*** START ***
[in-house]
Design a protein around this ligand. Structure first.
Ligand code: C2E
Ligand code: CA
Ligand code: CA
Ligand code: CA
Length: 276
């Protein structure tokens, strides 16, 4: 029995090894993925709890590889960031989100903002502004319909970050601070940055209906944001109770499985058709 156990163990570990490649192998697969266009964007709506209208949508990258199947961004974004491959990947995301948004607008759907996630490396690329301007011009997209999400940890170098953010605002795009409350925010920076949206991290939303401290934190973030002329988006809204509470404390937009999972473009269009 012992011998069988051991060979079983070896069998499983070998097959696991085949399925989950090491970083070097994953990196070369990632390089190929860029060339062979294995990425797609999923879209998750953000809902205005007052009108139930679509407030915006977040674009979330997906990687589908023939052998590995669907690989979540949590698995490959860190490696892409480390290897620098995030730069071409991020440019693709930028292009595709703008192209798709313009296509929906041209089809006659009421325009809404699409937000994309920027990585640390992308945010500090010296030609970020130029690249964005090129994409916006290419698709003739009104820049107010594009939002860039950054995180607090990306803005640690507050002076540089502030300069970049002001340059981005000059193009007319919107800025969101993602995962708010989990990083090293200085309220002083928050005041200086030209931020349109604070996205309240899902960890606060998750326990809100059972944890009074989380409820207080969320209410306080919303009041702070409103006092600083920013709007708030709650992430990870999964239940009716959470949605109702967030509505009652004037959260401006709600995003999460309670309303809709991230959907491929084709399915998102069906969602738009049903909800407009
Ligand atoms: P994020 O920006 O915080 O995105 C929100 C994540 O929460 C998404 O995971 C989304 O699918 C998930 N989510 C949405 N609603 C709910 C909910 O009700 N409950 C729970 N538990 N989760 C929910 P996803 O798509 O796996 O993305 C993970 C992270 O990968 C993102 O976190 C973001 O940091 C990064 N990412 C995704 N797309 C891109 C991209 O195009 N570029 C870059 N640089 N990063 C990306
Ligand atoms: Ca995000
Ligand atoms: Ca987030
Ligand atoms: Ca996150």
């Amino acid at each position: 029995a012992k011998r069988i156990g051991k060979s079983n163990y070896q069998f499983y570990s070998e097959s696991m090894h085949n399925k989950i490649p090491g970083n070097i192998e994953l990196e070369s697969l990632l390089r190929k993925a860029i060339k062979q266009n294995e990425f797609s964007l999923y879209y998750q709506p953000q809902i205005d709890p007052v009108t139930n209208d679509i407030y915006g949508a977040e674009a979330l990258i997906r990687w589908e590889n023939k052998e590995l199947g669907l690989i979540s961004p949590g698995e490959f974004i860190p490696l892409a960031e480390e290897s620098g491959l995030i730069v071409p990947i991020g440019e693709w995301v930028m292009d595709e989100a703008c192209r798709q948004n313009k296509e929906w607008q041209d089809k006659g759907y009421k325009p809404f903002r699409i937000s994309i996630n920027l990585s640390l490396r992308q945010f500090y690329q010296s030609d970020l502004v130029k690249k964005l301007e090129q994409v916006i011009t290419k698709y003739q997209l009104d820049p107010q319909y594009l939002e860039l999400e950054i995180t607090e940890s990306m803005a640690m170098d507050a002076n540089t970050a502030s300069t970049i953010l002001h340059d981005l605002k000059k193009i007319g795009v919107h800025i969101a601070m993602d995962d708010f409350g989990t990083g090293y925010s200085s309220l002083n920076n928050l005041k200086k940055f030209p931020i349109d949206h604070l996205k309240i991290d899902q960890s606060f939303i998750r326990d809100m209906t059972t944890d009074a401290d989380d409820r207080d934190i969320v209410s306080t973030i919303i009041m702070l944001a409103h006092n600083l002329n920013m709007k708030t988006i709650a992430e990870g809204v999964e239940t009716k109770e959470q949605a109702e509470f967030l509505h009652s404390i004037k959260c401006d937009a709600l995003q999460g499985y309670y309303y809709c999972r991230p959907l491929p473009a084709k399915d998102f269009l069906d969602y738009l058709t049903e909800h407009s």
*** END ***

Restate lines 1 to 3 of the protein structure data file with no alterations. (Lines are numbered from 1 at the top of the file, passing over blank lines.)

[in-house]
Design a protein around this ligand. Structure first.
Ligand code: C2E